It would seem that the size of a block referenced by a pointer returned by GetMem() must be available from somewhere, given that FreeMem() does not require that you identify the size of memory to be freed - the system must be able to determine that, so why not the application developer?
But, as others have said, the precise details of the memory management involved are NOT defined by the system per se.... Delphi has always had a replaceable memory manager architecture, and the "interface" defined for compatible memory managers does not require that they provide this information for an arbitrary pointer.
The default memory manager will maintain the necessary information in whatever way suits it, but some other memory manager will almost certainly use an entirely different, if superficially similar, mechanism, so even if you hack a solution based on intimate knowledge of one memory manager, if you change the memory manager (or if it is changed for you, e.g. by a change in thesystem defined, memory manager which you perhaps are using by default, as occurred between Delphi 2005 and 2006, for example) then your solution will almost certainly break.
In general, it's not an unreasonable assumption on the part of the RTL/memory manager that the application should already know how big a piece of memory a GetMem() allocated pointer refers to, given that the application asked for it in the first place! :)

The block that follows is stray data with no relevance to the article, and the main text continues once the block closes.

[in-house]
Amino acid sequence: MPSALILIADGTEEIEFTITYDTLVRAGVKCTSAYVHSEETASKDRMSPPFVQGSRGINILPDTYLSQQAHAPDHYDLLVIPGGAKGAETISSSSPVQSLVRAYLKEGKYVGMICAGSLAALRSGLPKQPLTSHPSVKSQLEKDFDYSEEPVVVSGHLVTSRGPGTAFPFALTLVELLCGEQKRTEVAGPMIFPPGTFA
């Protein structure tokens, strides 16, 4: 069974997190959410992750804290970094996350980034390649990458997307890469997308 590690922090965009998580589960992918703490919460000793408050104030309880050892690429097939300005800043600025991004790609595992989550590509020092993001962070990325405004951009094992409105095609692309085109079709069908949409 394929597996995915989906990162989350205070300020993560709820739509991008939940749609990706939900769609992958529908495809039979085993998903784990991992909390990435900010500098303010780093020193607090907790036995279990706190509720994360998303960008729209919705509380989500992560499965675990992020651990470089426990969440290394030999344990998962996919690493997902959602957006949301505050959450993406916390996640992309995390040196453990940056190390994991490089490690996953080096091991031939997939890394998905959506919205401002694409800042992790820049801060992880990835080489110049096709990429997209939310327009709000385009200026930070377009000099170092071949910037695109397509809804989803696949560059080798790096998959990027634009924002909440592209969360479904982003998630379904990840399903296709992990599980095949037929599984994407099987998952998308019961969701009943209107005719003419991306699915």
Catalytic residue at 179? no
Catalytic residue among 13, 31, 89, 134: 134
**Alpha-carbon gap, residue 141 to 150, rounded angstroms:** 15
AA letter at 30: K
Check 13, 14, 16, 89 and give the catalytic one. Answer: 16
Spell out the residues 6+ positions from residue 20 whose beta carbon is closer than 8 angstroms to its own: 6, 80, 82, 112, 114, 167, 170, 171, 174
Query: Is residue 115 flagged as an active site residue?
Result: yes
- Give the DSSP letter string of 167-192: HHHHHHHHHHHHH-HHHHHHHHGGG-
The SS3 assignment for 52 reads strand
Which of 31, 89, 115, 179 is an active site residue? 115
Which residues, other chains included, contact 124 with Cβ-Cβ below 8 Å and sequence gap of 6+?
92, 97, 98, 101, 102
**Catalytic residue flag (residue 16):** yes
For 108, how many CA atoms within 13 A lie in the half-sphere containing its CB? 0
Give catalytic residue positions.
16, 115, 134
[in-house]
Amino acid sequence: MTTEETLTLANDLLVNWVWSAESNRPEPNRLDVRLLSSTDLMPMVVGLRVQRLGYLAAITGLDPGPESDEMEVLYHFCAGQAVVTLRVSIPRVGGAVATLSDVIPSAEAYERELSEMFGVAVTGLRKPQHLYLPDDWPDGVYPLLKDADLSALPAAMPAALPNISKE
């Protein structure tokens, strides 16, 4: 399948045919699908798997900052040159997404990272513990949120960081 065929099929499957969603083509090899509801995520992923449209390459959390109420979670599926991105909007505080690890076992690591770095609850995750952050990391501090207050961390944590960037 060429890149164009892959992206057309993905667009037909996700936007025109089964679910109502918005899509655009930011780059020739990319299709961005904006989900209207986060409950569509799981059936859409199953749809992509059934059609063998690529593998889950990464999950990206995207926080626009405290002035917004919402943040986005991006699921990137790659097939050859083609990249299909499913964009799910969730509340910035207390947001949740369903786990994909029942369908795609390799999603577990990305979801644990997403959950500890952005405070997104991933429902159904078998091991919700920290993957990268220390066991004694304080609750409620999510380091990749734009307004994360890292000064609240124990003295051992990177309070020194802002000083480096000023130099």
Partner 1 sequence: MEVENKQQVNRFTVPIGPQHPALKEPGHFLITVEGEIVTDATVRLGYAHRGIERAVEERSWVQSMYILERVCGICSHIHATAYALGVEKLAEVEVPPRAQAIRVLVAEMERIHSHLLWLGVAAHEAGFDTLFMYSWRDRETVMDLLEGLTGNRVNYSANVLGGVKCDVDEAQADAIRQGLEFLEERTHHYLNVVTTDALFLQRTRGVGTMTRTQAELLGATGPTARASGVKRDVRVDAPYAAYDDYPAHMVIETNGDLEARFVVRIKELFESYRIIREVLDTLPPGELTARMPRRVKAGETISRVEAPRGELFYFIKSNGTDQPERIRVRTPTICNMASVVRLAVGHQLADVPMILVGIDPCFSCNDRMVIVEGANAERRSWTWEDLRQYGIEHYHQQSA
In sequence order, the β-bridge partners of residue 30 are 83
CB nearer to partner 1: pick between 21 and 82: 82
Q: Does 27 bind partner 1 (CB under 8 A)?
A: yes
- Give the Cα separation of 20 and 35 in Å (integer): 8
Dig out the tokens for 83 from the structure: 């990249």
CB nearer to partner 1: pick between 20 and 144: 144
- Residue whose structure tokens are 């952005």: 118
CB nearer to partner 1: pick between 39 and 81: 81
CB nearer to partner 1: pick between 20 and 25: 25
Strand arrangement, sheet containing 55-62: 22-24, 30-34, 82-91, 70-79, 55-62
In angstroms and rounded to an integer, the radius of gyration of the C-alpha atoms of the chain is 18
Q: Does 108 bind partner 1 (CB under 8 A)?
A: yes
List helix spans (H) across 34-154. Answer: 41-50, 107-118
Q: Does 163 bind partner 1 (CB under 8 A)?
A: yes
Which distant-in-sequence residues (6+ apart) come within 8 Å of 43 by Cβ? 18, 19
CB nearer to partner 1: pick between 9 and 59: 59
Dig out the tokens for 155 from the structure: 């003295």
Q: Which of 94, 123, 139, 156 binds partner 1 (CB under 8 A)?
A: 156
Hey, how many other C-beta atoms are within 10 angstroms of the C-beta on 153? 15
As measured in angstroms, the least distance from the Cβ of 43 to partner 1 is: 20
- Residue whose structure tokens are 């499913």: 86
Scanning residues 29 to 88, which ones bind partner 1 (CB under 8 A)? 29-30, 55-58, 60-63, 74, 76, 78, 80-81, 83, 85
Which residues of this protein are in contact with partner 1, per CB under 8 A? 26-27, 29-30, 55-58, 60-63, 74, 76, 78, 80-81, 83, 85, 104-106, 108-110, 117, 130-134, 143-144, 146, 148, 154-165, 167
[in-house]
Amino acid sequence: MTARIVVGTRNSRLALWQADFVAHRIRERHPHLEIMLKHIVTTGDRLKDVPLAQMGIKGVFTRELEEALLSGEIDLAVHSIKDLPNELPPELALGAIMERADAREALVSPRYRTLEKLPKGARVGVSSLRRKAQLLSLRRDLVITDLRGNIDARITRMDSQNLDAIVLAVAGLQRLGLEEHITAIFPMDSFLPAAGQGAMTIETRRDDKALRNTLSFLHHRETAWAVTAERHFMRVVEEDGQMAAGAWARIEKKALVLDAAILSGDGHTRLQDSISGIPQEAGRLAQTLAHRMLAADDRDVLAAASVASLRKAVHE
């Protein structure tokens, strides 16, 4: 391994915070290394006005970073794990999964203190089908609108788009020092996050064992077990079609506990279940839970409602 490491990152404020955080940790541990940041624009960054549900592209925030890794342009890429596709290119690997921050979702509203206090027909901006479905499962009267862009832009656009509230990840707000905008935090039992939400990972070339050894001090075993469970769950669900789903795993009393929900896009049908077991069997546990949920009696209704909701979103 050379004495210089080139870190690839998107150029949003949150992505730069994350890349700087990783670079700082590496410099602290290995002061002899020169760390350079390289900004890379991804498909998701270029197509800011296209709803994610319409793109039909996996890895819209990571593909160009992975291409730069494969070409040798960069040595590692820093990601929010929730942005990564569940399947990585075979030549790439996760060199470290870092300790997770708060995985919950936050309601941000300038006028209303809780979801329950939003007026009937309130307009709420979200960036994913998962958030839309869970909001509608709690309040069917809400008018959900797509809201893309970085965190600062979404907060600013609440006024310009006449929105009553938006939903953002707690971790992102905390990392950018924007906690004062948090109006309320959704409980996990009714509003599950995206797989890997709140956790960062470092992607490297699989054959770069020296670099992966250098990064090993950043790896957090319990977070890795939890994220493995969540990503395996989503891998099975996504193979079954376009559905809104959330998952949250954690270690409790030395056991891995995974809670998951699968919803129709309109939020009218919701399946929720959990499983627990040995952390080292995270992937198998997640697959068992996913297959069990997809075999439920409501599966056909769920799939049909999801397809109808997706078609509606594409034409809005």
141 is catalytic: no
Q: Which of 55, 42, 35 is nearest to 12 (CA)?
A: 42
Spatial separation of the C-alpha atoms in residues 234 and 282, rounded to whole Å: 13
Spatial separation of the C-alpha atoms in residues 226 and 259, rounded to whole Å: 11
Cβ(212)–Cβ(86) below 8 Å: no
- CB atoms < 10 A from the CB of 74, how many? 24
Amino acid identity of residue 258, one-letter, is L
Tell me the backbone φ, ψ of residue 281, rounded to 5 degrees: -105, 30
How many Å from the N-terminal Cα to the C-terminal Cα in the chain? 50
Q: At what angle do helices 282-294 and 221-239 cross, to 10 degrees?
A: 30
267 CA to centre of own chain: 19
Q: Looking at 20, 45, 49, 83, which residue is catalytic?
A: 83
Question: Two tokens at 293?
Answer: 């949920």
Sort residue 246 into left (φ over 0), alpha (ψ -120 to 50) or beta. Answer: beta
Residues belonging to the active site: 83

And if your application did NOT allocate the pointer then your application's memory manager has absolutely no way of knowing how big the block it references may be. It may be a pointer into the middle of some larger block, for example - only the source of the pointer can possibly know how it relates to the memory it references!
But, if your application really does need to maintain such information about it's own pointers, then it could of course easily devise a means to achieve this with a simple singleton class or function library through which GetMem()/FreeMem() requests are routed, to maintain a record of the associated requested size for each current allocated pointer. Such a mechanism could then of course easily expose this information as required, entirely reliably and independently of whatever memory manager is in use.
This may in face be the only option if an "accurate" record is required , as a given memory manager implementation may allocate a larger block of memory for a given size of data than is actually requested. I do not know if any memory manager does in fact do this, but it could do so in theory, for efficiency sake.